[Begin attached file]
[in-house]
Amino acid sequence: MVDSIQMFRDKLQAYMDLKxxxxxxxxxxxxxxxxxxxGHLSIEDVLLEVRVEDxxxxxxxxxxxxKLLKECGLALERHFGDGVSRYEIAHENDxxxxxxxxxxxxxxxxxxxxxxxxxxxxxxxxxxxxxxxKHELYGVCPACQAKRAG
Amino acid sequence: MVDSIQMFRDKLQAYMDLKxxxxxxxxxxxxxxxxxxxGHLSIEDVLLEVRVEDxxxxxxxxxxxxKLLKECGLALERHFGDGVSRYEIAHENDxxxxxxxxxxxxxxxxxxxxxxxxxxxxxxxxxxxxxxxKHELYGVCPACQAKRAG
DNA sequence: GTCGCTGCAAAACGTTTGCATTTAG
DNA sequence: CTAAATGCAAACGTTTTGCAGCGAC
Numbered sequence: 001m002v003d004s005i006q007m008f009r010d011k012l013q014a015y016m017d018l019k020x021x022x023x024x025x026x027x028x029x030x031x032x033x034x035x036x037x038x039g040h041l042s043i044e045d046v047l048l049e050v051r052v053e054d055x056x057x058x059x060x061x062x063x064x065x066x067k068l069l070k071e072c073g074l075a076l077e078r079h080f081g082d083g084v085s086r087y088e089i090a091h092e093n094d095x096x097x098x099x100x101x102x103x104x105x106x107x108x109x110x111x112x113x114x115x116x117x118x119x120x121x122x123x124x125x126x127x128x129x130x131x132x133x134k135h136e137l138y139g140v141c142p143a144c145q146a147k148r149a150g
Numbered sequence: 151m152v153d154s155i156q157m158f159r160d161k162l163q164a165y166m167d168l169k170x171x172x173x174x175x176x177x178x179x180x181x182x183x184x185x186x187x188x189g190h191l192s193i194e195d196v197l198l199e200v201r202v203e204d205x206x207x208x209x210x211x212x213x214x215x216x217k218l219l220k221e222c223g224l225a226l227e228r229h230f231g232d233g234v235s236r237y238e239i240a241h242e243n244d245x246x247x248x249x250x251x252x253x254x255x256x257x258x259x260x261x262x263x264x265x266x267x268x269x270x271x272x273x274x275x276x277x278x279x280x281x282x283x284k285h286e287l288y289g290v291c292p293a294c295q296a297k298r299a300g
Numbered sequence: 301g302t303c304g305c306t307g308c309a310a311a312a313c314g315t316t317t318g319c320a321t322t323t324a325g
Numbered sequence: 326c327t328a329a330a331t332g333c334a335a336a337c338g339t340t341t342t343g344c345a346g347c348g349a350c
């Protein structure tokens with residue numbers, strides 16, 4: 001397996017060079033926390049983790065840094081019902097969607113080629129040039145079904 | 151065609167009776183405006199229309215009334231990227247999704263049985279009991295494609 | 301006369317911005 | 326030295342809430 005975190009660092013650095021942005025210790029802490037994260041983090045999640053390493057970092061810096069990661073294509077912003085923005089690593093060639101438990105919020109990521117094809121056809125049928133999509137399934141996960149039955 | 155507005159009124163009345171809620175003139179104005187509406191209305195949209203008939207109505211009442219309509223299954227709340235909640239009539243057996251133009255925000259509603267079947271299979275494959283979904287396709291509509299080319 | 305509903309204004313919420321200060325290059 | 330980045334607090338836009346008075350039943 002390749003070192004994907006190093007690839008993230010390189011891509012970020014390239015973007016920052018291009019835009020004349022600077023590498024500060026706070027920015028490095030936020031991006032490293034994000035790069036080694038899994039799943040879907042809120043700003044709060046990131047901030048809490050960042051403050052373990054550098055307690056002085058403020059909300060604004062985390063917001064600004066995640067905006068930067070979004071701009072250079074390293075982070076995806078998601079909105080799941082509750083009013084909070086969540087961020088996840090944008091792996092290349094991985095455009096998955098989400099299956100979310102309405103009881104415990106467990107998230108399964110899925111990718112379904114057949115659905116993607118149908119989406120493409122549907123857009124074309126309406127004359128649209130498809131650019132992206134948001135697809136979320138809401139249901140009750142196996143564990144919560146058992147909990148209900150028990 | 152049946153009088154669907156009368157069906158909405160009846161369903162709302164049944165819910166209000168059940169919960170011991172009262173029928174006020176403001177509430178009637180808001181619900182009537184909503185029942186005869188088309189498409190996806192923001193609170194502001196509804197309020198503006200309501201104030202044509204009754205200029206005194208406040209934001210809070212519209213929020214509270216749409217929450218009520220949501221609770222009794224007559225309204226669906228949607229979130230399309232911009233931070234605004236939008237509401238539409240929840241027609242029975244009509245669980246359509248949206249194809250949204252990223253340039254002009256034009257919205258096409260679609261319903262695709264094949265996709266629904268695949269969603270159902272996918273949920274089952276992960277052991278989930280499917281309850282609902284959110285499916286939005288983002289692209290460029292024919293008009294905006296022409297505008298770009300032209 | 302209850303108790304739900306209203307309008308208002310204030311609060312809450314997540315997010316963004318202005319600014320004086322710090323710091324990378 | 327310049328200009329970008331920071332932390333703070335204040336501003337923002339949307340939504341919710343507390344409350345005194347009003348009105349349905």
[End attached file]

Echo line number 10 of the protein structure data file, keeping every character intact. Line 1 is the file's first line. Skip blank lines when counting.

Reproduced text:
């Protein structure tokens with residue numbers, strides 16, 4: 001397996017060079033926390049983790065840094081019902097969607113080629129040039145079904 | 151065609167009776183405006199229309215009334231990227247999704263049985279009991295494609 | 301006369317911005 | 326030295342809430 005975190009660092013650095021942005025210790029802490037994260041983090045999640053390493057970092061810096069990661073294509077912003085923005089690593093060639101438990105919020109990521117094809121056809125049928133999509137399934141996960149039955 | 155507005159009124163009345171809620175003139179104005187509406191209305195949209203008939207109505211009442219309509223299954227709340235909640239009539243057996251133009255925000259509603267079947271299979275494959283979904287396709291509509299080319 | 305509903309204004313919420321200060325290059 | 330980045334607090338836009346008075350039943 002390749003070192004994907006190093007690839008993230010390189011891509012970020014390239015973007016920052018291009019835009020004349022600077023590498024500060026706070027920015028490095030936020031991006032490293034994000035790069036080694038899994039799943040879907042809120043700003044709060046990131047901030048809490050960042051403050052373990054550098055307690056002085058403020059909300060604004062985390063917001064600004066995640067905006068930067070979004071701009072250079074390293075982070076995806078998601079909105080799941082509750083009013084909070086969540087961020088996840090944008091792996092290349094991985095455009096998955098989400099299956100979310102309405103009881104415990106467990107998230108399964110899925111990718112379904114057949115659905116993607118149908119989406120493409122549907123857009124074309126309406127004359128649209130498809131650019132992206134948001135697809136979320138809401139249901140009750142196996143564990144919560146058992147909990148209900150028990 | 152049946153009088154669907156009368157069906158909405160009846161369903162709302164049944165819910166209000168059940169919960170011991172009262173029928174006020176403001177509430178009637180808001181619900182009537184909503185029942186005869188088309189498409190996806192923001193609170194502001196509804197309020198503006200309501201104030202044509204009754205200029206005194208406040209934001210809070212519209213929020214509270216749409217929450218009520220949501221609770222009794224007559225309204226669906228949607229979130230399309232911009233931070234605004236939008237509401238539409240929840241027609242029975244009509245669980246359509248949206249194809250949204252990223253340039254002009256034009257919205258096409260679609261319903262695709264094949265996709266629904268695949269969603270159902272996918273949920274089952276992960277052991278989930280499917281309850282609902284959110285499916286939005288983002289692209290460029292024919293008009294905006296022409297505008298770009300032209 | 302209850303108790304739900306209203307309008308208002310204030311609060312809450314997540315997010316963004318202005319600014320004086322710090323710091324990378 | 327310049328200009329970008331920071332932390333703070335204040336501003337923002339949307340939504341919710343507390344409350345005194347009003348009105349349905």